“SBI Caps has made it clear that divestment through direct sales is the best option available to the state,” the order says.
âThe government, while taking into account the recommendations of SBI Caps, has decided that the whole process of divestment and merger could be implemented through a group of authorized secretaries, duly following the guidelines available. in this regard and the advice of the finance department, âhe added.
The responsibility for overseeing the Gangavaram divestment deal (which is worth more than â¹ 100 crore) now rests with the panel of secretaries, including going through the state’s reverse tendering process or granting an exemption. to sell the stake directly to APSEZ and monitor central government divestment. Politics.
The second issue is the need to divest its stake in GPL, a for-profit, debt-free entity, which has started giving the state government dividends of up to â¹ 83.27 crore (total) since 2016- 2017. Dividend receipts will cease after divestment.
But, more importantly, how would the state government justify selling the stake, which is expected to bring in â¹ 650-700 crore, when the value of the underlying land against which the stake is held is itself worth? over â¹ 3000 crore in the absence of a policy?
Register Adani Group Gangavaram Port: CPM
The state government states that increasing land values ââmust be seen in the context of use. “In this case, the land can only be used for harbor and port-related works and not for anything else,” said an official with the PA Maritime Council (APMB).
The head of the APMB also said he did not agree to APSEZ’s proposal to value its 5,37,31,700 shares (10.4% stake) at â¹ 120 per share. âWe haven’t decided on the rate. We will find out the course of action through proper and due process, âhe said.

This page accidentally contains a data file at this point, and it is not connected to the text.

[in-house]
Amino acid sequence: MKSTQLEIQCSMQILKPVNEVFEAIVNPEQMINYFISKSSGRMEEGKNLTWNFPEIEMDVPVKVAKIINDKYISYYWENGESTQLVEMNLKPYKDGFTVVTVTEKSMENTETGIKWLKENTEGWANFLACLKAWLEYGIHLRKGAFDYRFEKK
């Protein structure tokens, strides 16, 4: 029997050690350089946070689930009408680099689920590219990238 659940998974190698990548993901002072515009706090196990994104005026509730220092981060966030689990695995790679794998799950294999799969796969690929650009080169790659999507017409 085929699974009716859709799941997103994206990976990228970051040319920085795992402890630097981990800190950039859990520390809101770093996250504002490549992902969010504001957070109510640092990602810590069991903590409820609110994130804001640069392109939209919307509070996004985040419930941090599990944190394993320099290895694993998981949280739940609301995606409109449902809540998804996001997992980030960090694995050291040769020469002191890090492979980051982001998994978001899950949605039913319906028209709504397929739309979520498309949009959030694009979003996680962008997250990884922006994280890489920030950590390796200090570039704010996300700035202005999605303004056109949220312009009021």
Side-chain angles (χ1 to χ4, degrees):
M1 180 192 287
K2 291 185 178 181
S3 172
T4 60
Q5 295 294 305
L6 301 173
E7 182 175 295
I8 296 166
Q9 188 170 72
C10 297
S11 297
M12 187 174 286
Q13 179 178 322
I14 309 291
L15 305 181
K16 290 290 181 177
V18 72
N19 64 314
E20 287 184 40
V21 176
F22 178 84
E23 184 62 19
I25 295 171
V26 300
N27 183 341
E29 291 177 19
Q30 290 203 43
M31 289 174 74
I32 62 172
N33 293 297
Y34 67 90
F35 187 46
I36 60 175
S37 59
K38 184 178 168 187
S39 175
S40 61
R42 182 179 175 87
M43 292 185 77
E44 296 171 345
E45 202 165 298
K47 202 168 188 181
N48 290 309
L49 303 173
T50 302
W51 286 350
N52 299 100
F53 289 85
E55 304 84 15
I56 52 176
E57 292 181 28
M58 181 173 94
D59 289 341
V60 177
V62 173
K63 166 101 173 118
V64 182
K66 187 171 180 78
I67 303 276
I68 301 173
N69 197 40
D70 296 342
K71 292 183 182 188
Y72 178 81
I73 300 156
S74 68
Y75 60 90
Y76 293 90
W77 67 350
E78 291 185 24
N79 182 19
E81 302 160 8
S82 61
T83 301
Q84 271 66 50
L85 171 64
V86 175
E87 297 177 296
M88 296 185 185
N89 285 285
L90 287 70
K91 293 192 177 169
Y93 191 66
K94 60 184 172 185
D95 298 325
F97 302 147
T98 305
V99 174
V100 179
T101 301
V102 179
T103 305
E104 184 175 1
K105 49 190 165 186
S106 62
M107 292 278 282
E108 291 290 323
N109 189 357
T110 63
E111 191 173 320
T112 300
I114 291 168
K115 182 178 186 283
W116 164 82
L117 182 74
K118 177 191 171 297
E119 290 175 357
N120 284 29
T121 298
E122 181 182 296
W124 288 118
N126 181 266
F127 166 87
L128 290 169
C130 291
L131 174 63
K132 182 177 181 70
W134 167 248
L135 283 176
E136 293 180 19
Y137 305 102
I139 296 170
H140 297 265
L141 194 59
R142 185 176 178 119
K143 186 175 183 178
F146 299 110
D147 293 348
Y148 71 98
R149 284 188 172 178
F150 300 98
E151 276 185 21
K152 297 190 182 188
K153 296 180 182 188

SBI Caps had suggested setting the price 20 percent above â¹ 120 per share.
âWe will definitely try to get a higher value based on a formula,â he said.
By aligning with the central government’s divestment policy, the state was “monetizing” its stake in the port, he said. “Ironically, otherwise, the state will have to pay the port developer for the 10.4 percent stake when the port’s assets return to the government at a predetermined valuation at the end of the concession period,” the official noted. the APMB.
The third issue concerns the need to merge Gangavaram Port Ltd with APSEZ and the establishment of a new Special Purpose Company (SPC) by APSEZ to sign a revised concession agreement with the state government for the balance sheet period after the exit from the GPL by the State. The new deal will incorporate all of the terms of the original deal, including sharing 2.1% of annual revenue with the state, which has brought â¹ 183.56 crore to the Treasury since 2009-10.
Gangavaram Port has an initial concession period of 30 years, which can be extended twice by 10 years each.
The state government benefits from the merger are unclear, sources said.
Such a merger was not deemed necessary by APSEZ when it recently acquired 100% control of Krishnapatnam Port Co Ltd (KPCL). Also in this case, the land was acquired by the state government, but was leased to KPCL for the duration of the 30-year concession contract, which can be extended by two periods of 10 years each. As the land was leased, the state government did not hold any shares in KPCL.